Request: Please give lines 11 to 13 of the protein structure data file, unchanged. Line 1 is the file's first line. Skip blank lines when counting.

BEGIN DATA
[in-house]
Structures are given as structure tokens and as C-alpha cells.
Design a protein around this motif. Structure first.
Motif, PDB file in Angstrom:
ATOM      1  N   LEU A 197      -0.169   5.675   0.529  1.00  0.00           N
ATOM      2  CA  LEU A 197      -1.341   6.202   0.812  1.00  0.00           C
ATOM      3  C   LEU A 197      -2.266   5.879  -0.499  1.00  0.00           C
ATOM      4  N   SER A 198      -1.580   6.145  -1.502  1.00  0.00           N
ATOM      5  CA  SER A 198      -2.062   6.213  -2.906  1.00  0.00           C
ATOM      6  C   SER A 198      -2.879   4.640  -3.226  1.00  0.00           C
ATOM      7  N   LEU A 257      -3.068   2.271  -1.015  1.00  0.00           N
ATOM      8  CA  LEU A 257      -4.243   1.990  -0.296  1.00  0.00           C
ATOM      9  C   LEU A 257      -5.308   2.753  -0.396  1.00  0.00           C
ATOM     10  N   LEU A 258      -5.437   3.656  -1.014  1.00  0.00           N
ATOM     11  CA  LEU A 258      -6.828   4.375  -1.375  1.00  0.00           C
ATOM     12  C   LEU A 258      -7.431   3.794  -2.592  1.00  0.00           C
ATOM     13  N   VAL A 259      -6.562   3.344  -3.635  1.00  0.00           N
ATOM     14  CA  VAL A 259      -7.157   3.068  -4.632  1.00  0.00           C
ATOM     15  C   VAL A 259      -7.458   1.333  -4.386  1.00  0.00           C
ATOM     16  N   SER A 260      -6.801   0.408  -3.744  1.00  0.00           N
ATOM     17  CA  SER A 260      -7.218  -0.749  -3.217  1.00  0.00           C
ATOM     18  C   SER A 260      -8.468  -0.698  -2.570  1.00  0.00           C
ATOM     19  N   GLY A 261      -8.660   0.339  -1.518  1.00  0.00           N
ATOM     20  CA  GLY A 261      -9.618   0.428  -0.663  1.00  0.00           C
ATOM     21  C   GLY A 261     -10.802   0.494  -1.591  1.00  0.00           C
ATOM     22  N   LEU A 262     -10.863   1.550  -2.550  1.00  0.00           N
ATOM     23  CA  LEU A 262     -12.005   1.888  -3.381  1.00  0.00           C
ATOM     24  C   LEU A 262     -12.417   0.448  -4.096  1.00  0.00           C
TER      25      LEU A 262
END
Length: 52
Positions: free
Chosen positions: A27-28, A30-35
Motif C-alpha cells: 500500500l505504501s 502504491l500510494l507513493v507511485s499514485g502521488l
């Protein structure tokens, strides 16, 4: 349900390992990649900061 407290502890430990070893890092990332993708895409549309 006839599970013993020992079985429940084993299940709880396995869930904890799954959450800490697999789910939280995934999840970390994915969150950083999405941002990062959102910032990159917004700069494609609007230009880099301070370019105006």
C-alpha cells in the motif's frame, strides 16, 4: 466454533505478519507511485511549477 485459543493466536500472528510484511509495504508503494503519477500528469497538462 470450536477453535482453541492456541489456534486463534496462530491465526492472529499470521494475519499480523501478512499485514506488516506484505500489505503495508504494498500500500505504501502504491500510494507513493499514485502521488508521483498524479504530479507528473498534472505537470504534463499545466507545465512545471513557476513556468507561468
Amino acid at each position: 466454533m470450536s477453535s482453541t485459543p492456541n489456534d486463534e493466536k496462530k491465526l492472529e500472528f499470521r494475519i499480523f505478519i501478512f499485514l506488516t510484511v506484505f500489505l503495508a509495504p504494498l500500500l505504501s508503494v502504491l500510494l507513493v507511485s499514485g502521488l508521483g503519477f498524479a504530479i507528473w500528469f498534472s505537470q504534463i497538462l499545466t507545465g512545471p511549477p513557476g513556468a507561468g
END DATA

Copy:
ATOM      7  N   LEU A 257      -3.068   2.271  -1.015  1.00  0.00           N
ATOM      8  CA  LEU A 257      -4.243   1.990  -0.296  1.00  0.00           C
ATOM      9  C   LEU A 257      -5.308   2.753  -0.396  1.00  0.00           C